He seemed to bounce back quickly, as kids often do.  Not wanting to waste a moment in a new country, I attempted to set out with him and his big sister later that afternoon to visit a zoo in town.  Not 5 minutes into our Uber ride, he threw up all over himself and me in the car.  We headed back to hotel to try to recover again.  Thanks to my husband skipping a few business meetings, we managed to salvage a bit of our time in Panama, at least for my older child.

Sickness and Traveling with Kids 4

At the ill-fated dinner – with evidence of the tainted pico de gallo on his highchair tray.

Surely lightening wouldn’t strike twice in one trip, right?  Well, it did.  After our Panamanian adventures, my family set off for Cancun, Mexico for four days of sunning and relaxing on the beach.  Our domicile at the Westin Lagunamar Ocean Resort in Cancun couldn’t have been safer.  The water is filtered.  American sensibilities, currency, and all-you-can-drink blended margaritas abound.  We decided though not to be those dumb Americans who never left the confines of our super-Western resort.  On our third night in town, we went to a seafood restaurant down the road for dinner with our son while our daughter enjoyed a pizza party in the resort’s kids club.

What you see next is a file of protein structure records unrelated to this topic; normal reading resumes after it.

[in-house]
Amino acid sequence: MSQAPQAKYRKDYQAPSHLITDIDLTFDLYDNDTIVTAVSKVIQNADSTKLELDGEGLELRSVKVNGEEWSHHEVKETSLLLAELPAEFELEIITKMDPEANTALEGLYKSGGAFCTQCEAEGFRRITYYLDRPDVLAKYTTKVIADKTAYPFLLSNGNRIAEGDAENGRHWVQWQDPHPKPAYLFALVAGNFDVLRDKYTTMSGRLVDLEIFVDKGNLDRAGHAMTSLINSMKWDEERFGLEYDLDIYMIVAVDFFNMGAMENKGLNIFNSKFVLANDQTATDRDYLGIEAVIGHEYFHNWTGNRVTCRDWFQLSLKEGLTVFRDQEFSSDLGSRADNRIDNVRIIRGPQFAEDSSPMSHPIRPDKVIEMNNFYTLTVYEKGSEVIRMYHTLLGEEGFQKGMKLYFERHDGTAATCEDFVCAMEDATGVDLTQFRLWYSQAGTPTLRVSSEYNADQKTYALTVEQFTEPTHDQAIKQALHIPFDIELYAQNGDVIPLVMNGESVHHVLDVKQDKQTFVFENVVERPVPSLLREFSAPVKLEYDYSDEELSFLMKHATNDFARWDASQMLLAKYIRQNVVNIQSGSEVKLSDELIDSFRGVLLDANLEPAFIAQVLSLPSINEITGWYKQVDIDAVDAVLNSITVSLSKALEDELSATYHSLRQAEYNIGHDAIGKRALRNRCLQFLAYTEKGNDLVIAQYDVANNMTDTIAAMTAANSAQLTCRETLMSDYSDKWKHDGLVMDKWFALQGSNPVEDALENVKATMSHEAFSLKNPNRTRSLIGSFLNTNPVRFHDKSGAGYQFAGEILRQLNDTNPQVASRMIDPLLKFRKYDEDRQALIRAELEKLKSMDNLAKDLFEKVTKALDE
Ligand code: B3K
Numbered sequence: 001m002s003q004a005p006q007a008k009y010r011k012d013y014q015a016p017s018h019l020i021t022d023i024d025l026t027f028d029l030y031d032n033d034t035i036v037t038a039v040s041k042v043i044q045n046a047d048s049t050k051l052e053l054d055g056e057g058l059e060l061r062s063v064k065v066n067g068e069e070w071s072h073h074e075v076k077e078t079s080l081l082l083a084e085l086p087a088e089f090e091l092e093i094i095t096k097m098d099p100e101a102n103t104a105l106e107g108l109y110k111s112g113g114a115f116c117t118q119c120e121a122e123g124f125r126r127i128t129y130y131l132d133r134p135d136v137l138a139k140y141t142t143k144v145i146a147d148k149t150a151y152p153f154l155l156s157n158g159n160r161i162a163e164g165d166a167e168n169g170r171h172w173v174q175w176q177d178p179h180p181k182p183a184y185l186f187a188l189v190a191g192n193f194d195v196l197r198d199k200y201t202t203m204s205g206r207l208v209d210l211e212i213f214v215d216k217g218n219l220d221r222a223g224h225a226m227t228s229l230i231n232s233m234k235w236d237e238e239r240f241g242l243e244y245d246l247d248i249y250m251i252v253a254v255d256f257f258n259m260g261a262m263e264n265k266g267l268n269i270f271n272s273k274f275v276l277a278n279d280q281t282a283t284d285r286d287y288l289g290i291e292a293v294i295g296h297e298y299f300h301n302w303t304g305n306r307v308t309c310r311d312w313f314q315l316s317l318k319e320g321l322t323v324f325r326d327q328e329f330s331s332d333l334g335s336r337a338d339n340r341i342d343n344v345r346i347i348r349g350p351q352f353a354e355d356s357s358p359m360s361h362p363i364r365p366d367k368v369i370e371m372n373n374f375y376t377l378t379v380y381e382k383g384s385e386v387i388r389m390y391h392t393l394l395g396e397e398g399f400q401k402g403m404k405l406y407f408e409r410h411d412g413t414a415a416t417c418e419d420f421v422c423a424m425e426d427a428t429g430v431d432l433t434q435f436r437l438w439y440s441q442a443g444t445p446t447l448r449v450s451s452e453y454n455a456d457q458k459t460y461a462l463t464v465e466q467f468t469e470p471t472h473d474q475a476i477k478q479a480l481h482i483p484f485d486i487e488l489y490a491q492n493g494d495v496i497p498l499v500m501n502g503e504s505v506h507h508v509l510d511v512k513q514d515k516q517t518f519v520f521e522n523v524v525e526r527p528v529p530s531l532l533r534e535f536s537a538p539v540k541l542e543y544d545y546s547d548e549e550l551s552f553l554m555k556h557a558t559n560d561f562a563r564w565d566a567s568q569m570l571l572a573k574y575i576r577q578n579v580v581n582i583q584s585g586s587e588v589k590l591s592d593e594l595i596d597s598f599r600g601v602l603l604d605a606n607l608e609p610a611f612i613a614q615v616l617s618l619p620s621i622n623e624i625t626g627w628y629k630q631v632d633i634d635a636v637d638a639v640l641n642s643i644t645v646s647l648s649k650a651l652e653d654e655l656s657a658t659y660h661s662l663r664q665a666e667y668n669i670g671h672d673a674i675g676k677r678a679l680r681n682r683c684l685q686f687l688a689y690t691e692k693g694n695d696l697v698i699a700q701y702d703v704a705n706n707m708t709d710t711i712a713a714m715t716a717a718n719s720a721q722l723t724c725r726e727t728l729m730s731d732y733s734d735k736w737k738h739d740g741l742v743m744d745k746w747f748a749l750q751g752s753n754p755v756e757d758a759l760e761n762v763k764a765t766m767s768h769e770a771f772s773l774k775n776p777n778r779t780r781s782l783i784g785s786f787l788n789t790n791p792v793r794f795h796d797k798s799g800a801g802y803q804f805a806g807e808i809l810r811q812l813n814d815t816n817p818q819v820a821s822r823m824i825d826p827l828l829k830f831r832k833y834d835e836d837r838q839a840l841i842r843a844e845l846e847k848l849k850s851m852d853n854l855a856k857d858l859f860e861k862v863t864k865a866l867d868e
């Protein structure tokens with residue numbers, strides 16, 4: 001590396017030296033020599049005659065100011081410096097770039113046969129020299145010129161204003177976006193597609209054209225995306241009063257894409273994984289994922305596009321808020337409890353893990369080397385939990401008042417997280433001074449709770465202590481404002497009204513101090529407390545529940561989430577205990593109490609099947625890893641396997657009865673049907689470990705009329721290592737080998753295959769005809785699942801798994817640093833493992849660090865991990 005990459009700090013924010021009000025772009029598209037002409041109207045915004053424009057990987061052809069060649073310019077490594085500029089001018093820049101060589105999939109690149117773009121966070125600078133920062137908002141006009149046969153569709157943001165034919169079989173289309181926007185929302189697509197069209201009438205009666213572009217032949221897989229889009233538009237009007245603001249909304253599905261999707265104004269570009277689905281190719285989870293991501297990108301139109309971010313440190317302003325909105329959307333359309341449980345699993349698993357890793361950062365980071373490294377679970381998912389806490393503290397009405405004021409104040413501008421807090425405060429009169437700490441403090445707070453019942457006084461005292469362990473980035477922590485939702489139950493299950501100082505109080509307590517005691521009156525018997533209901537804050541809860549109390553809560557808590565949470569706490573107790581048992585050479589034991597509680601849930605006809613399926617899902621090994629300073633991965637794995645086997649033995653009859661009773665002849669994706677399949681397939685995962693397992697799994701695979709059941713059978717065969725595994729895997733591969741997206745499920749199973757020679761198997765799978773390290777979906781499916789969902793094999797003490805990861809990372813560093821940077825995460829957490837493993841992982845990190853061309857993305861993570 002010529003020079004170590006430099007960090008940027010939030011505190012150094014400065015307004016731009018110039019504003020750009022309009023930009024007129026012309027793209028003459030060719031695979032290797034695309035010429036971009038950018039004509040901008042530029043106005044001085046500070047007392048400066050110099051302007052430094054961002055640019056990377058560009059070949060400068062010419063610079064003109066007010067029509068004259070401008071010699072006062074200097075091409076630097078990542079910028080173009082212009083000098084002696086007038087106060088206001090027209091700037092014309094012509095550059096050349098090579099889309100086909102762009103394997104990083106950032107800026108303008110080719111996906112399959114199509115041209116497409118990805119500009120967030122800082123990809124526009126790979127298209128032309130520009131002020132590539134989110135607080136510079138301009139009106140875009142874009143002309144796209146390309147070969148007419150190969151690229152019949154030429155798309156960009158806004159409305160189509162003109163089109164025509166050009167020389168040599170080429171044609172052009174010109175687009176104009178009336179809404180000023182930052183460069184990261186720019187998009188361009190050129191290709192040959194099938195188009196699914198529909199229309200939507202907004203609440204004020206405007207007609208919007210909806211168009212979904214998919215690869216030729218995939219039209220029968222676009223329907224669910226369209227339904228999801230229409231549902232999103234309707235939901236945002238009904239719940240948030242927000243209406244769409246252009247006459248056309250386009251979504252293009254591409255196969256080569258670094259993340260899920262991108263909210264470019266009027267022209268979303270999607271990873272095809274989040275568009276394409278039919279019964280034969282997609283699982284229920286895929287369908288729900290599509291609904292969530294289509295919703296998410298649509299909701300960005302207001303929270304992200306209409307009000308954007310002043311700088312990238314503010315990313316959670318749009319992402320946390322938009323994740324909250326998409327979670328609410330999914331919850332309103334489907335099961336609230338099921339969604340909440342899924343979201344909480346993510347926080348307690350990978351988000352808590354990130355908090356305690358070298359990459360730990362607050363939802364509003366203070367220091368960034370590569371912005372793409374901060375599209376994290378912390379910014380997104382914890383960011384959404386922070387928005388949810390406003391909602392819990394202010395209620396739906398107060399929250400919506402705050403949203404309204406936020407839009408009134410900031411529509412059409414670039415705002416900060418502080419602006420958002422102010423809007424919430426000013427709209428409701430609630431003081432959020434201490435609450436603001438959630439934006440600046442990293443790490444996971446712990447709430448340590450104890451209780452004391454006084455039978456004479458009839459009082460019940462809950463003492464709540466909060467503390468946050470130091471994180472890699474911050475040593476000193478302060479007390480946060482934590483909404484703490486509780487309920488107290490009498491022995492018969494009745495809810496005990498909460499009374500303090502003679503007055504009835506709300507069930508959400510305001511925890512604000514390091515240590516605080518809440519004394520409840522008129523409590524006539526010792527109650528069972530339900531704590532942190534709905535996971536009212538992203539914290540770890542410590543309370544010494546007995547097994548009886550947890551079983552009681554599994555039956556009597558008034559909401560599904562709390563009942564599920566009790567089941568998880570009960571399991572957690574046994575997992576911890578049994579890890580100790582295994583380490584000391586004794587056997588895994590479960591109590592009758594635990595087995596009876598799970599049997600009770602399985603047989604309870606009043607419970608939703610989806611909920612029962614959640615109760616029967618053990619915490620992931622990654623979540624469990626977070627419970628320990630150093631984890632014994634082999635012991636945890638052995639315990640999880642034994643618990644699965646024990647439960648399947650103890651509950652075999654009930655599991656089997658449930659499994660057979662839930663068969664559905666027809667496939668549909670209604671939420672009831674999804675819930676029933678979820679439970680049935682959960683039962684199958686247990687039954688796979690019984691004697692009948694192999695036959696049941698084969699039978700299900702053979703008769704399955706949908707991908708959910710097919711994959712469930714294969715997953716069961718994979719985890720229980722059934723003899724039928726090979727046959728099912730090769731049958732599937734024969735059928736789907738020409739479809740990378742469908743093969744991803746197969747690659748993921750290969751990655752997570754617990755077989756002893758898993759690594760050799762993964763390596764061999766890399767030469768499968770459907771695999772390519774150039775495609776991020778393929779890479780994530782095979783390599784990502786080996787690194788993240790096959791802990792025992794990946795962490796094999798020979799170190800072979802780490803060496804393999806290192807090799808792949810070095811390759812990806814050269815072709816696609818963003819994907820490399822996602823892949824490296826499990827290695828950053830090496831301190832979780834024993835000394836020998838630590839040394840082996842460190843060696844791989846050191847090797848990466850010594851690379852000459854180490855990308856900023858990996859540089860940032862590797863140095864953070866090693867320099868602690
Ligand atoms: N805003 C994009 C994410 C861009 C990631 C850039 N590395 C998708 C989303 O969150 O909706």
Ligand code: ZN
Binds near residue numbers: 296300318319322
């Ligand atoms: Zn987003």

During dinner, my toddler son prepared chips dipped in Mexican salsa (pico de gallo) for my husband all evening.  Although my son – like his mother – wasn’t much of a fan of the dish himself, he ate a bite or two and definitely had the salsa all over his fingers.  No fewer than two hours after arriving home, both my husband and my son became dreadfully ill within minutes of one another.  This was classic food poisoning at work.

I spent much of that night in Mexico cradling my barely two year old son in my arms on the floor of the bathroom in our idyllic condominium as he writhed in pain.  It was one of my tougher moments as a parent.  All he could say with his limited vocabulary was “tummy!” again and again as the sickness hit him in waves. There was truly nothing I could do to ease his pain or make him feel better.  Meanwhile my husband was going through the same just feet from us.  Montezuma’s revenge was taken, to be sure.

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Husband and son the day after their vacation illness.